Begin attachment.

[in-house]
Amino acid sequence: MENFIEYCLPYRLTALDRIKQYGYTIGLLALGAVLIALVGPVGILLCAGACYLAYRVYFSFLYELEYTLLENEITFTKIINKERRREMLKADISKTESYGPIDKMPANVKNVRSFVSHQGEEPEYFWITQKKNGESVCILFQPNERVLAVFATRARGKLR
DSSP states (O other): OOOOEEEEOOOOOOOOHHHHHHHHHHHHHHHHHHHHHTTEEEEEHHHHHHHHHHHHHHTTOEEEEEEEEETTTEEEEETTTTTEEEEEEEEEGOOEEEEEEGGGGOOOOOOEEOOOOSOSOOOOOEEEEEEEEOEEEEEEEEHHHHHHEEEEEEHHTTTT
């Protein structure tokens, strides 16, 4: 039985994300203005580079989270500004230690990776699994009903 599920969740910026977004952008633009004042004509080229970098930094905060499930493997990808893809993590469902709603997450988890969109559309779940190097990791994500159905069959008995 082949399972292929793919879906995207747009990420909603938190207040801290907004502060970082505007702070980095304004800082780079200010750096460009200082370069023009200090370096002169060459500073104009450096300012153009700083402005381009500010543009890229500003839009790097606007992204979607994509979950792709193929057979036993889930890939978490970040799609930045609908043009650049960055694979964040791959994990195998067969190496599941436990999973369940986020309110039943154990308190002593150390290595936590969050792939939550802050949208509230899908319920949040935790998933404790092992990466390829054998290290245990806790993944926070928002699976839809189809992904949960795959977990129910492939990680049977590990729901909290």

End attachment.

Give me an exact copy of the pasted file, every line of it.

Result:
[in-house]
Amino acid sequence: MENFIEYCLPYRLTALDRIKQYGYTIGLLALGAVLIALVGPVGILLCAGACYLAYRVYFSFLYELEYTLLENEITFTKIINKERRREMLKADISKTESYGPIDKMPANVKNVRSFVSHQGEEPEYFWITQKKNGESVCILFQPNERVLAVFATRARGKLR
DSSP states (O other): OOOOEEEEOOOOOOOOHHHHHHHHHHHHHHHHHHHHHTTEEEEEHHHHHHHHHHHHHHTTOEEEEEEEEETTTEEEEETTTTTEEEEEEEEEGOOEEEEEEGGGGOOOOOOEEOOOOSOSOOOOOEEEEEEEEOEEEEEEEEHHHHHHEEEEEEHHTTTT
């Protein structure tokens, strides 16, 4: 039985994300203005580079989270500004230690990776699994009903 599920969740910026977004952008633009004042004509080229970098930094905060499930493997990808893809993590469902709603997450988890969109559309779940190097990791994500159905069959008995 082949399972292929793919879906995207747009990420909603938190207040801290907004502060970082505007702070980095304004800082780079200010750096460009200082370069023009200090370096002169060459500073104009450096300012153009700083402005381009500010543009890229500003839009790097606007992204979607994509979950792709193929057979036993889930890939978490970040799609930045609908043009650049960055694979964040791959994990195998067969190496599941436990999973369940986020309110039943154990308190002593150390290595936590969050792939939550802050949208509230899908319920949040935790998933404790092992990466390829054998290290245990806790993944926070928002699976839809189809992904949960795959977990129910492939990680049977590990729901909290």